pinMode(ultrasonic_pin_2, OUTPUT); // SRF05
      digitalWrite(ultrasonic_pin_2, LOW); // SRF05    
      pinMode(TRIG_PIN, OUTPUT); // SRF05
      pinMode(ECHO_PIN, INPUT); // SRF05
      // Init serial port and clean garbage
      // Wi-Fi connection
      // LED
      pinMode(RELAY_PIN_1, OUTPUT);
      digitalWrite(RELAY_PIN_1, LOW);
      pinMode(RELAY_PIN_2, OUTPUT);
      digitalWrite(RELAY_PIN_2, LOW);
      mySwitch.enableReceive(RF_RECEIVER);  // Receiver on interrupt 0 => that is pin #2
      // By default, fauxmoESP creates it's own webserver on the defined port
      // The TCP port must be 80 for gen3 devices (default is 1901)
      // This has to be done before the call to enable()
      fauxmo.createServer(true); // not needed, this is the default value
      fauxmo.setPort(80); // This is required for gen3 devices
      // You have to call enable(true) once you have a WiFi connection
      // You can enable or disable the library at any moment
      // Disabling it will prevent the devices from being discovered and switched
      // You can use different ways to invoke alexa to modify the devices state:
      // "Alexa, turn lamp two on"
      // Add virtual devices
      fauxmo.onSetState([](unsigned char device_id, const char * device_name, bool state, unsigned char value) {
        // Callback when a command from Alexa is received. 
        // You can use device_id or device_name to choose the element to perform an action onto (relay, LED,...)
        // State is a boolean (ON/OFF) and value a number from 0 to 255 (if you say "set kitchen light to 50%" you will receive a 128 here).
        // Just remember not to delay too much here, this is a callback, exit as soon as possible.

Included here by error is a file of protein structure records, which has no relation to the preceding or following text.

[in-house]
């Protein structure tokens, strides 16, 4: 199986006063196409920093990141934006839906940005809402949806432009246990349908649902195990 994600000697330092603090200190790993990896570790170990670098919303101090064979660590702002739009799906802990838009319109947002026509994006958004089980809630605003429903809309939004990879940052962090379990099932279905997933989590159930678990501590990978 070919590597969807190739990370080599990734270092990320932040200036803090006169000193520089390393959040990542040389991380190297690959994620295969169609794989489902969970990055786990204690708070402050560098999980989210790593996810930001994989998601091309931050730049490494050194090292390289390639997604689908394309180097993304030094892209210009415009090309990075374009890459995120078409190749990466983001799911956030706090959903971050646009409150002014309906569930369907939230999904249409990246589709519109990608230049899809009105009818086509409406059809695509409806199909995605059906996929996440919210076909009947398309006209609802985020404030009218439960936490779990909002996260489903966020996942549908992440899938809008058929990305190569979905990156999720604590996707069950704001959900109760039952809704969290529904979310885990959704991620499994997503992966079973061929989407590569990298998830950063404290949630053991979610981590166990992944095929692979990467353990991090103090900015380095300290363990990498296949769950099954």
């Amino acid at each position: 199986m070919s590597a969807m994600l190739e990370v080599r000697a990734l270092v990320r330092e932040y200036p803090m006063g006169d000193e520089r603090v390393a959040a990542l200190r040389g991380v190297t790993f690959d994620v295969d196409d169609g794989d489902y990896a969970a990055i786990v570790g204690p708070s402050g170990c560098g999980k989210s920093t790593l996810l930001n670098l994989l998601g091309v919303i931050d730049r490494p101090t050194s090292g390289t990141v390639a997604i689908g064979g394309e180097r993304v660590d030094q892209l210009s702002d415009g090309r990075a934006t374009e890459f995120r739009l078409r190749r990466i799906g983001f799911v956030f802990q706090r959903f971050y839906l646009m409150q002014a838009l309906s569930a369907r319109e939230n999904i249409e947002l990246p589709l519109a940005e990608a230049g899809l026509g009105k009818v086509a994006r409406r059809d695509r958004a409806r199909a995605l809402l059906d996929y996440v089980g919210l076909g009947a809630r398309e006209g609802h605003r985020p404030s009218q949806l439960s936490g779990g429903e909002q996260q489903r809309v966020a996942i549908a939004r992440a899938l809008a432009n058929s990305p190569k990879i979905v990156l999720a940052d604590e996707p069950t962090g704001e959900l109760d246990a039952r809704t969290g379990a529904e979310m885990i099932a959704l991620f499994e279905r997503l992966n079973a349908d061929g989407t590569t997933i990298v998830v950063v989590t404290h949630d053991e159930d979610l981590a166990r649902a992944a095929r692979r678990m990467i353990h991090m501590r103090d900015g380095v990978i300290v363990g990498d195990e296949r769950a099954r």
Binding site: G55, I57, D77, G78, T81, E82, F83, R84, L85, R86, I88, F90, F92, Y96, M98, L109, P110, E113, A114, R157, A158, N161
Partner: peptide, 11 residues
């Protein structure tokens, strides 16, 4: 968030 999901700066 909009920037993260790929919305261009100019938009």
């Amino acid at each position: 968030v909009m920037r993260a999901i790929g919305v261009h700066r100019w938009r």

// If you have to do something more involved here set a flag and process it in your main loop.
        Serial.printf("[MAIN] Device #%d (%s) state: %s value: %d\n", device_id, device_name, state ? "ON" : "OFF", value);
        if ( (strcmp(device_name, LAMP_1) == 0) ) {
          // this just sets a variable that the main loop() does something about
          Serial.println("RELAY 1 switched by Alexa");
          //digitalWrite(RELAY_PIN_1, !digitalRead(RELAY_PIN_1));
          if (state) {
            digitalWrite(RELAY_PIN_1, HIGH);
          } else {
            digitalWrite(RELAY_PIN_1, LOW);
        if ( (strcmp(device_name, LAMP_2) == 0) ) {
          // this just sets a variable that the main loop() does something about
          Serial.println("RELAY 2 switched by Alexa");
          if (state) {
            digitalWrite(RELAY_PIN_2, HIGH);
          } else...
    Read more »

  • Step 4. ECHO DOT & ESP32-WROOM-32, part 1

    Guillermo Perez Guillen08/25/2021 at 17:48 0 comments

    Alexa Echo Dot                              Alexa Echo Dot

    Echo Dot is a smart speaker that is controlled by voice and connects you to Alexa via Wi-Fi network. Alexa can play music, answer questions, tell the news, and check the weather forecast, set alarms, control compatible Smart Home devices, and much more.

    ESP32-WROOM-32 Pinout

                                  ESP32-WROOM-32 Pinout

    ESP32-WROOM-32 is a powerful, generic Wi-Fi+BT+BLE MCU module that targets a wide variety of applications, ranging from low-power sensor networks to the most demanding tasks, such as voice encoding, music streaming and MP3 decoding. Datasheet:

    Alexa's voice commands: